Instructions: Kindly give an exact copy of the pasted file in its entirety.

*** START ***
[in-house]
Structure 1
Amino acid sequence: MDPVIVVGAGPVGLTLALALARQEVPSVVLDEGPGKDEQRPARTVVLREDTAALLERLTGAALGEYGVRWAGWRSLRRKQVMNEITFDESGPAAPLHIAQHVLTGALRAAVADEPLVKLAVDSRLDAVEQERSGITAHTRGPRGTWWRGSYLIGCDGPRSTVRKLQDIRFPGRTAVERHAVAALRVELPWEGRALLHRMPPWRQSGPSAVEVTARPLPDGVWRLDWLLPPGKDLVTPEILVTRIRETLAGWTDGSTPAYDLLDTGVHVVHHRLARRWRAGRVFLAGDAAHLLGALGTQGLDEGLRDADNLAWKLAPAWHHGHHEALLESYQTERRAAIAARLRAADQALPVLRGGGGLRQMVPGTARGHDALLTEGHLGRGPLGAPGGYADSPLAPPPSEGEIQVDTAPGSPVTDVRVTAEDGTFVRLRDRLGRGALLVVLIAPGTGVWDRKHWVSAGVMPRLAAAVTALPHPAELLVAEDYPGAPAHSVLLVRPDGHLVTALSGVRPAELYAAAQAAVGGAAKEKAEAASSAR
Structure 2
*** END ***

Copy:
[in-house]
Structure 1
Amino acid sequence: MDPVIVVGAGPVGLTLALALARQEVPSVVLDEGPGKDEQRPARTVVLREDTAALLERLTGAALGEYGVRWAGWRSLRRKQVMNEITFDESGPAAPLHIAQHVLTGALRAAVADEPLVKLAVDSRLDAVEQERSGITAHTRGPRGTWWRGSYLIGCDGPRSTVRKLQDIRFPGRTAVERHAVAALRVELPWEGRALLHRMPPWRQSGPSAVEVTARPLPDGVWRLDWLLPPGKDLVTPEILVTRIRETLAGWTDGSTPAYDLLDTGVHVVHHRLARRWRAGRVFLAGDAAHLLGALGTQGLDEGLRDADNLAWKLAPAWHHGHHEALLESYQTERRAAIAARLRAADQALPVLRGGGGLRQMVPGTARGHDALLTEGHLGRGPLGAPGGYADSPLAPPPSEGEIQVDTAPGSPVTDVRVTAEDGTFVRLRDRLGRGALLVVLIAPGTGVWDRKHWVSAGVMPRLAAAVTALPHPAELLVAEDYPGAPAHSVLLVRPDGHLVTALSGVRPAELYAAAQAAVGGAAKEKAEAASSAR
Structure 2